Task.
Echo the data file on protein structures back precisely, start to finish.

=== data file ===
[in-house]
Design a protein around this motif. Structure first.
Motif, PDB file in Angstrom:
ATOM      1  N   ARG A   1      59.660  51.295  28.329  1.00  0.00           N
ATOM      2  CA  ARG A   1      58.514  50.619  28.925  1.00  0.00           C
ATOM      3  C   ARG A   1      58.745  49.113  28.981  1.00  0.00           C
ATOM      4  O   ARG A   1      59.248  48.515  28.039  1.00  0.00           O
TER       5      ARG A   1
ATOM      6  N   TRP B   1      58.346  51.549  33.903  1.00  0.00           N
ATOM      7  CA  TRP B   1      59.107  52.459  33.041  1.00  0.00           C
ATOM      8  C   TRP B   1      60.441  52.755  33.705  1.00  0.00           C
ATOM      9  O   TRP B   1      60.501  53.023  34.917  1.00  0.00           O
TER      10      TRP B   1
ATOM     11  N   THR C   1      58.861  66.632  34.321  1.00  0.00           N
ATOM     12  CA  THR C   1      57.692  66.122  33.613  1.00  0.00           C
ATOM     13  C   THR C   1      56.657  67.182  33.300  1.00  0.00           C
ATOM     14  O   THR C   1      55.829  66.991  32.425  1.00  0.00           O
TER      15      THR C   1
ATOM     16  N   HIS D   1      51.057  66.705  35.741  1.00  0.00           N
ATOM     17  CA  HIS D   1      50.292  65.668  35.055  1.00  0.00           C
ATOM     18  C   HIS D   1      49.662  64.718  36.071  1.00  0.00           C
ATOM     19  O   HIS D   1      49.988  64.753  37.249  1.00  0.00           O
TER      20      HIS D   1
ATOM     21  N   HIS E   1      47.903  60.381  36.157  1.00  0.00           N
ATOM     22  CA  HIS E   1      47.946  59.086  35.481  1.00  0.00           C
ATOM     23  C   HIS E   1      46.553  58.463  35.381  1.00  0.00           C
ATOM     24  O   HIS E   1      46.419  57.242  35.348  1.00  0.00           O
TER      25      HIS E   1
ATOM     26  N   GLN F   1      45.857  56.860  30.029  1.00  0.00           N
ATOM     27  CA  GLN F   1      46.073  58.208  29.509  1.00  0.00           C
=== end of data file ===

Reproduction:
[in-house]
Design a protein around this motif. Structure first.
Motif, PDB file in Angstrom:
ATOM      1  N   ARG A   1      59.660  51.295  28.329  1.00  0.00           N
ATOM      2  CA  ARG A   1      58.514  50.619  28.925  1.00  0.00           C
ATOM      3  C   ARG A   1      58.745  49.113  28.981  1.00  0.00           C
ATOM      4  O   ARG A   1      59.248  48.515  28.039  1.00  0.00           O
TER       5      ARG A   1
ATOM      6  N   TRP B   1      58.346  51.549  33.903  1.00  0.00           N
ATOM      7  CA  TRP B   1      59.107  52.459  33.041  1.00  0.00           C
ATOM      8  C   TRP B   1      60.441  52.755  33.705  1.00  0.00           C
ATOM      9  O   TRP B   1      60.501  53.023  34.917  1.00  0.00           O
TER      10      TRP B   1
ATOM     11  N   THR C   1      58.861  66.632  34.321  1.00  0.00           N
ATOM     12  CA  THR C   1      57.692  66.122  33.613  1.00  0.00           C
ATOM     13  C   THR C   1      56.657  67.182  33.300  1.00  0.00           C
ATOM     14  O   THR C   1      55.829  66.991  32.425  1.00  0.00           O
TER      15      THR C   1
ATOM     16  N   HIS D   1      51.057  66.705  35.741  1.00  0.00           N
ATOM     17  CA  HIS D   1      50.292  65.668  35.055  1.00  0.00           C
ATOM     18  C   HIS D   1      49.662  64.718  36.071  1.00  0.00           C
ATOM     19  O   HIS D   1      49.988  64.753  37.249  1.00  0.00           O
TER      20      HIS D   1
ATOM     21  N   HIS E   1      47.903  60.381  36.157  1.00  0.00           N
ATOM     22  CA  HIS E   1      47.946  59.086  35.481  1.00  0.00           C
ATOM     23  C   HIS E   1      46.553  58.463  35.381  1.00  0.00           C
ATOM     24  O   HIS E   1      46.419  57.242  35.348  1.00  0.00           O
TER      25      HIS E   1
ATOM     26  N   GLN F   1      45.857  56.860  30.029  1.00  0.00           N
ATOM     27  CA  GLN F   1      46.073  58.208  29.509  1.00  0.00           C